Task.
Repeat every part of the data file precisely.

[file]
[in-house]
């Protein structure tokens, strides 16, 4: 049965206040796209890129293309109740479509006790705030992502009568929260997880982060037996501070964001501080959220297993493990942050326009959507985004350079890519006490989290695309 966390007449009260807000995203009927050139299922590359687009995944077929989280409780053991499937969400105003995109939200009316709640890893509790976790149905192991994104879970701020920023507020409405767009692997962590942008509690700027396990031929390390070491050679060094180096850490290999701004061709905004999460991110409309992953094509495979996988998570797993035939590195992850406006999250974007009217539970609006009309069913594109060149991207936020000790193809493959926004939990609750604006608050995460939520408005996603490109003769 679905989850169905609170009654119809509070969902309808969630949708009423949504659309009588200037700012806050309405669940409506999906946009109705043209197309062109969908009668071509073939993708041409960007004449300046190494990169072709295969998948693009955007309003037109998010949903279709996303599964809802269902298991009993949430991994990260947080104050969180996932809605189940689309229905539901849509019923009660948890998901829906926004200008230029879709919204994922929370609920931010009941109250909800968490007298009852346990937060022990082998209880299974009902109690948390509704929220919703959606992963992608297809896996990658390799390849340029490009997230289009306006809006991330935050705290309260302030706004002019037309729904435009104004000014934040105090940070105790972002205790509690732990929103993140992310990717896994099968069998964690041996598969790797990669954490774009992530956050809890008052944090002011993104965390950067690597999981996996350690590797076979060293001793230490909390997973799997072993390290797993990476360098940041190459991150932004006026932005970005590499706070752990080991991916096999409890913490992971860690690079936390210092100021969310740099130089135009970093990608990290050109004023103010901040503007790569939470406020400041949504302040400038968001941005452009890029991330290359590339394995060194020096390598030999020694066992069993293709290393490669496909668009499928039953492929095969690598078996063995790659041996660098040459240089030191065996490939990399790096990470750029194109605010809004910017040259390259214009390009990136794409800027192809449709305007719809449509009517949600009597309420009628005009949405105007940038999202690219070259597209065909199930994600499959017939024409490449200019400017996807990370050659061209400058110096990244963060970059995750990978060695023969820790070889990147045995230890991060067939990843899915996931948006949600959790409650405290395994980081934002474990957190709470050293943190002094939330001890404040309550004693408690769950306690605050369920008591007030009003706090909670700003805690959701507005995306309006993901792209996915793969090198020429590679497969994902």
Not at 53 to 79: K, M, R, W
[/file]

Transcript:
[in-house]
């Protein structure tokens, strides 16, 4: 049965206040796209890129293309109740479509006790705030992502009568929260997880982060037996501070964001501080959220297993493990942050326009959507985004350079890519006490989290695309 966390007449009260807000995203009927050139299922590359687009995944077929989280409780053991499937969400105003995109939200009316709640890893509790976790149905192991994104879970701020920023507020409405767009692997962590942008509690700027396990031929390390070491050679060094180096850490290999701004061709905004999460991110409309992953094509495979996988998570797993035939590195992850406006999250974007009217539970609006009309069913594109060149991207936020000790193809493959926004939990609750604006608050995460939520408005996603490109003769 679905989850169905609170009654119809509070969902309808969630949708009423949504659309009588200037700012806050309405669940409506999906946009109705043209197309062109969908009668071509073939993708041409960007004449300046190494990169072709295969998948693009955007309003037109998010949903279709996303599964809802269902298991009993949430991994990260947080104050969180996932809605189940689309229905539901849509019923009660948890998901829906926004200008230029879709919204994922929370609920931010009941109250909800968490007298009852346990937060022990082998209880299974009902109690948390509704929220919703959606992963992608297809896996990658390799390849340029490009997230289009306006809006991330935050705290309260302030706004002019037309729904435009104004000014934040105090940070105790972002205790509690732990929103993140992310990717896994099968069998964690041996598969790797990669954490774009992530956050809890008052944090002011993104965390950067690597999981996996350690590797076979060293001793230490909390997973799997072993390290797993990476360098940041190459991150932004006026932005970005590499706070752990080991991916096999409890913490992971860690690079936390210092100021969310740099130089135009970093990608990290050109004023103010901040503007790569939470406020400041949504302040400038968001941005452009890029991330290359590339394995060194020096390598030999020694066992069993293709290393490669496909668009499928039953492929095969690598078996063995790659041996660098040459240089030191065996490939990399790096990470750029194109605010809004910017040259390259214009390009990136794409800027192809449709305007719809449509009517949600009597309420009628005009949405105007940038999202690219070259597209065909199930994600499959017939024409490449200019400017996807990370050659061209400058110096990244963060970059995750990978060695023969820790070889990147045995230890991060067939990843899915996931948006949600959790409650405290395994980081934002474990957190709470050293943190002094939330001890404040309550004693408690769950306690605050369920008591007030009003706090909670700003805690959701507005995306309006993901792209996915793969090198020429590679497969994902």
Not at 53 to 79: K, M, R, W